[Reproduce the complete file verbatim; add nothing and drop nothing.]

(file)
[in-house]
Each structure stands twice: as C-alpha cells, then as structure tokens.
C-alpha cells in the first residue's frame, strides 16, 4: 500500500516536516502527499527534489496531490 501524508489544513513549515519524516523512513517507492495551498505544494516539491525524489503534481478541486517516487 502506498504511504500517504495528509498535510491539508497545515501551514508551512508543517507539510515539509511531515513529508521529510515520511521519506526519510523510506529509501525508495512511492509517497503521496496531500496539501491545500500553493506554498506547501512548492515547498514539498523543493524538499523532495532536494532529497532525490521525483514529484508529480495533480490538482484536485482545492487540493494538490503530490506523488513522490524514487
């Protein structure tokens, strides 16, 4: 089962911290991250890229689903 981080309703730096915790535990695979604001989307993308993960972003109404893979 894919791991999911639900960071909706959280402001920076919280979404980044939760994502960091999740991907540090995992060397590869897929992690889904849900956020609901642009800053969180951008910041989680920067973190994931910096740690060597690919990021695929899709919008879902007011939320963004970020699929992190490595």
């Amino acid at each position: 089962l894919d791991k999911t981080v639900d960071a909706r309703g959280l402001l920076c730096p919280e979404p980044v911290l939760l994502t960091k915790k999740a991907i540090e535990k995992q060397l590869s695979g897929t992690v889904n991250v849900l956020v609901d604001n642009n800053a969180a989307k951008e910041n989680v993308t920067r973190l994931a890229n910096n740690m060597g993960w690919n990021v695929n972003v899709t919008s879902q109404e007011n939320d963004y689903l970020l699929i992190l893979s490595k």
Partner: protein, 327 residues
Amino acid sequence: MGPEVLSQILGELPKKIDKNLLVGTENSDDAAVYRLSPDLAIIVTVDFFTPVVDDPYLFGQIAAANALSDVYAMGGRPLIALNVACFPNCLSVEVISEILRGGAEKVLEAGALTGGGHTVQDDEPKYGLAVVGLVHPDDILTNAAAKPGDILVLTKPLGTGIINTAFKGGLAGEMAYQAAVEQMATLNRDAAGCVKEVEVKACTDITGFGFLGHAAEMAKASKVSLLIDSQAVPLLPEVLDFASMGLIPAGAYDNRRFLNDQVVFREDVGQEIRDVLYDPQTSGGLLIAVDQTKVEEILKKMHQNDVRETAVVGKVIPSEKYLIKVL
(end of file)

[in-house]
Each structure stands twice: as C-alpha cells, then as structure tokens.
C-alpha cells in the first residue's frame, strides 16, 4: 500500500516536516502527499527534489496531490 501524508489544513513549515519524516523512513517507492495551498505544494516539491525524489503534481478541486517516487 502506498504511504500517504495528509498535510491539508497545515501551514508551512508543517507539510515539509511531515513529508521529510515520511521519506526519510523510506529509501525508495512511492509517497503521496496531500496539501491545500500553493506554498506547501512548492515547498514539498523543493524538499523532495532536494532529497532525490521525483514529484508529480495533480490538482484536485482545492487540493494538490503530490506523488513522490524514487
């Protein structure tokens, strides 16, 4: 089962911290991250890229689903 981080309703730096915790535990695979604001989307993308993960972003109404893979 894919791991999911639900960071909706959280402001920076919280979404980044939760994502960091999740991907540090995992060397590869897929992690889904849900956020609901642009800053969180951008910041989680920067973190994931910096740690060597690919990021695929899709919008879902007011939320963004970020699929992190490595």
């Amino acid at each position: 089962l894919d791991k999911t981080v639900d960071a909706r309703g959280l402001l920076c730096p919280e979404p980044v911290l939760l994502t960091k915790k999740a991907i540090e535990k995992q060397l590869s695979g897929t992690v889904n991250v849900l956020v609901d604001n642009n800053a969180a989307k951008e910041n989680v993308t920067r973190l994931a890229n910096n740690m060597g993960w690919n990021v695929n972003v899709t919008s879902q109404e007011n939320d963004y689903l970020l699929i992190l893979s490595k």
Partner: protein, 327 residues
Amino acid sequence: MGPEVLSQILGELPKKIDKNLLVGTENSDDAAVYRLSPDLAIIVTVDFFTPVVDDPYLFGQIAAANALSDVYAMGGRPLIALNVACFPNCLSVEVISEILRGGAEKVLEAGALTGGGHTVQDDEPKYGLAVVGLVHPDDILTNAAAKPGDILVLTKPLGTGIINTAFKGGLAGEMAYQAAVEQMATLNRDAAGCVKEVEVKACTDITGFGFLGHAAEMAKASKVSLLIDSQAVPLLPEVLDFASMGLIPAGAYDNRRFLNDQVVFREDVGQEIRDVLYDPQTSGGLLIAVDQTKVEEILKKMHQNDVRETAVVGKVIPSEKYLIKVL